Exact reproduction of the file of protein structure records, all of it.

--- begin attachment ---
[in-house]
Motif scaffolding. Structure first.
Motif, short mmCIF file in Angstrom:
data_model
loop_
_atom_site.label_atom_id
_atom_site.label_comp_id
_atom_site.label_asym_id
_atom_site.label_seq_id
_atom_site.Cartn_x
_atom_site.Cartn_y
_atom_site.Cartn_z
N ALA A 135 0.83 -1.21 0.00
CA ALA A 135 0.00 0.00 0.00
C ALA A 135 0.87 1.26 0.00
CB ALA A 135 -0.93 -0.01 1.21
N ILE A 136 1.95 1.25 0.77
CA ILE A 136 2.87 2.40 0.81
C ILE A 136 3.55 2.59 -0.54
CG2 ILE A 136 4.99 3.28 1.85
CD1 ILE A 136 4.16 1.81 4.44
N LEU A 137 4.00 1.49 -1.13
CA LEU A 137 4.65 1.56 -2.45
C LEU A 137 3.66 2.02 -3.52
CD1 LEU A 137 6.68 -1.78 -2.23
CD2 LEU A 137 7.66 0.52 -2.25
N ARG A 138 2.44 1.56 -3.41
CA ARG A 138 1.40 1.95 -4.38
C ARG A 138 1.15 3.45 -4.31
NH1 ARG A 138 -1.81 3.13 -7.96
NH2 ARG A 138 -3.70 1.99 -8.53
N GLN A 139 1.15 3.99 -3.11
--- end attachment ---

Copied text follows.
[in-house]
Motif scaffolding. Structure first.
Motif, short mmCIF file in Angstrom:
data_model
loop_
_atom_site.label_atom_id
_atom_site.label_comp_id
_atom_site.label_asym_id
_atom_site.label_seq_id
_atom_site.Cartn_x
_atom_site.Cartn_y
_atom_site.Cartn_z
N ALA A 135 0.83 -1.21 0.00
CA ALA A 135 0.00 0.00 0.00
C ALA A 135 0.87 1.26 0.00
CB ALA A 135 -0.93 -0.01 1.21
N ILE A 136 1.95 1.25 0.77
CA ILE A 136 2.87 2.40 0.81
C ILE A 136 3.55 2.59 -0.54
CG2 ILE A 136 4.99 3.28 1.85
CD1 ILE A 136 4.16 1.81 4.44
N LEU A 137 4.00 1.49 -1.13
CA LEU A 137 4.65 1.56 -2.45
C LEU A 137 3.66 2.02 -3.52
CD1 LEU A 137 6.68 -1.78 -2.23
CD2 LEU A 137 7.66 0.52 -2.25
N ARG A 138 2.44 1.56 -3.41
CA ARG A 138 1.40 1.95 -4.38
C ARG A 138 1.15 3.45 -4.31
NH1 ARG A 138 -1.81 3.13 -7.96
NH2 ARG A 138 -3.70 1.99 -8.53
N GLN A 139 1.15 3.99 -3.11